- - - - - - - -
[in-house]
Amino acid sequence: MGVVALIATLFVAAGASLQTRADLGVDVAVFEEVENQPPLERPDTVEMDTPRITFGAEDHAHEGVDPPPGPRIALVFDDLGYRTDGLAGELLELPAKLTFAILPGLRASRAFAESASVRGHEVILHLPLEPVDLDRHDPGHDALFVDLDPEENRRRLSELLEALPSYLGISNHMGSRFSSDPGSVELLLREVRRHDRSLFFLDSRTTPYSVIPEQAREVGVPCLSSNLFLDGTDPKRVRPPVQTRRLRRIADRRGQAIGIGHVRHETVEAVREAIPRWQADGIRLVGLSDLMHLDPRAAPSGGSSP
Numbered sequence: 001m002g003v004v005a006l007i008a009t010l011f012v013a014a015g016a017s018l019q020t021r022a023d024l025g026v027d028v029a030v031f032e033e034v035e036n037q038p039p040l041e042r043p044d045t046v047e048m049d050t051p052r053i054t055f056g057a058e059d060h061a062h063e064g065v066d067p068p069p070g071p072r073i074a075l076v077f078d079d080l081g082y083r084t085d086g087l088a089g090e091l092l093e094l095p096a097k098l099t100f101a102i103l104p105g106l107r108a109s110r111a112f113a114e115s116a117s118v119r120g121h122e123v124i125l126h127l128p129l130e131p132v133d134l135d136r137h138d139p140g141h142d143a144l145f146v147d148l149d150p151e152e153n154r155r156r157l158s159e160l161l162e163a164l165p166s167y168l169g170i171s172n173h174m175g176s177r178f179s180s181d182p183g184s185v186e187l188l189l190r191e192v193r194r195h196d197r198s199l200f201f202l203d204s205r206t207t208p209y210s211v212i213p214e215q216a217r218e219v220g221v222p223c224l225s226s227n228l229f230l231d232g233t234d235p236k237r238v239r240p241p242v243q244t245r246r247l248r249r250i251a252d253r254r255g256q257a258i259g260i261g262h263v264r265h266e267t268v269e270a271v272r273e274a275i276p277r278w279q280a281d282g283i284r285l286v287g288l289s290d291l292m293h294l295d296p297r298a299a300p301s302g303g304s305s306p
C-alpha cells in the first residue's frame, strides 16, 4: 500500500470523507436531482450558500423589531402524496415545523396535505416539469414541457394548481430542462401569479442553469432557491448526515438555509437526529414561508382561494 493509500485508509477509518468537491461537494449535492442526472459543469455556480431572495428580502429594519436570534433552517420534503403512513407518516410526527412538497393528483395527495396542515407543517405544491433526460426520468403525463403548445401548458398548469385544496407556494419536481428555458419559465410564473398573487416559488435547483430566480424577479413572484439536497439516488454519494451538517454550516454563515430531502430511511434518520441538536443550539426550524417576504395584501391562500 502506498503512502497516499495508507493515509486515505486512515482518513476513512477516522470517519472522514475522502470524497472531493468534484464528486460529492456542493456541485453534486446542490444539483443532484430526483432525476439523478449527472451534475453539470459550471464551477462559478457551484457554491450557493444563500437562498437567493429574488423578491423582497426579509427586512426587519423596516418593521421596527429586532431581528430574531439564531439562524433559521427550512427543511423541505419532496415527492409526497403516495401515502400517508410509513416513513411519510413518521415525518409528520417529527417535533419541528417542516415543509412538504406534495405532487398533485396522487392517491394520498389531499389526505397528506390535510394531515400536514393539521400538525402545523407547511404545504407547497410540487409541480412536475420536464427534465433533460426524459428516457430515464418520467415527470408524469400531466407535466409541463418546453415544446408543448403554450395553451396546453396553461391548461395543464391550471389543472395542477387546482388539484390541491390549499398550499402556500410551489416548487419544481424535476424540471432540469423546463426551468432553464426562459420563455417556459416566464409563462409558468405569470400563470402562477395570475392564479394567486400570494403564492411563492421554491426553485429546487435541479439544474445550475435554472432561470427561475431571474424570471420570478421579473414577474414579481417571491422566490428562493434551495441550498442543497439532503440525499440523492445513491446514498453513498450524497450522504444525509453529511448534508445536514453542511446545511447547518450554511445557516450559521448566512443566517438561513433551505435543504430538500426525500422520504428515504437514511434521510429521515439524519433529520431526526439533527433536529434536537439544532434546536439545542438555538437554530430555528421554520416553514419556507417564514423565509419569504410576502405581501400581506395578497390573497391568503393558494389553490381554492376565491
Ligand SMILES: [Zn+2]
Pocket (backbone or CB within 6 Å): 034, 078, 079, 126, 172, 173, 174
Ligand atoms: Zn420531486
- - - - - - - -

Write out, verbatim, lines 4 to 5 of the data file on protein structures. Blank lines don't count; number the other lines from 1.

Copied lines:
C-alpha cells in the first residue's frame, strides 16, 4: 500500500470523507436531482450558500423589531402524496415545523396535505416539469414541457394548481430542462401569479442553469432557491448526515438555509437526529414561508382561494 493509500485508509477509518468537491461537494449535492442526472459543469455556480431572495428580502429594519436570534433552517420534503403512513407518516410526527412538497393528483395527495396542515407543517405544491433526460426520468403525463403548445401548458398548469385544496407556494419536481428555458419559465410564473398573487416559488435547483430566480424577479413572484439536497439516488454519494451538517454550516454563515430531502430511511434518520441538536443550539426550524417576504395584501391562500 502506498503512502497516499495508507493515509486515505486512515482518513476513512477516522470517519472522514475522502470524497472531493468534484464528486460529492456542493456541485453534486446542490444539483443532484430526483432525476439523478449527472451534475453539470459550471464551477462559478457551484457554491450557493444563500437562498437567493429574488423578491423582497426579509427586512426587519423596516418593521421596527429586532431581528430574531439564531439562524433559521427550512427543511423541505419532496415527492409526497403516495401515502400517508410509513416513513411519510413518521415525518409528520417529527417535533419541528417542516415543509412538504406534495405532487398533485396522487392517491394520498389531499389526505397528506390535510394531515400536514393539521400538525402545523407547511404545504407547497410540487409541480412536475420536464427534465433533460426524459428516457430515464418520467415527470408524469400531466407535466409541463418546453415544446408543448403554450395553451396546453396553461391548461395543464391550471389543472395542477387546482388539484390541491390549499398550499402556500410551489416548487419544481424535476424540471432540469423546463426551468432553464426562459420563455417556459416566464409563462409558468405569470400563470402562477395570475392564479394567486400570494403564492411563492421554491426553485429546487435541479439544474445550475435554472432561470427561475431571474424570471420570478421579473414577474414579481417571491422566490428562493434551495441550498442543497439532503440525499440523492445513491446514498453513498450524497450522504444525509453529511448534508445536514453542511446545511447547518450554511445557516450559521448566512443566517438561513433551505435543504430538500426525500422520504428515504437514511434521510429521515439524519433529520431526526439533527433536529434536537439544532434546536439545542438555538437554530430555528421554520416553514419556507417564514423565509419569504410576502405581501400581506395578497390573497391568503393558494389553490381554492376565491
Ligand SMILES: [Zn+2]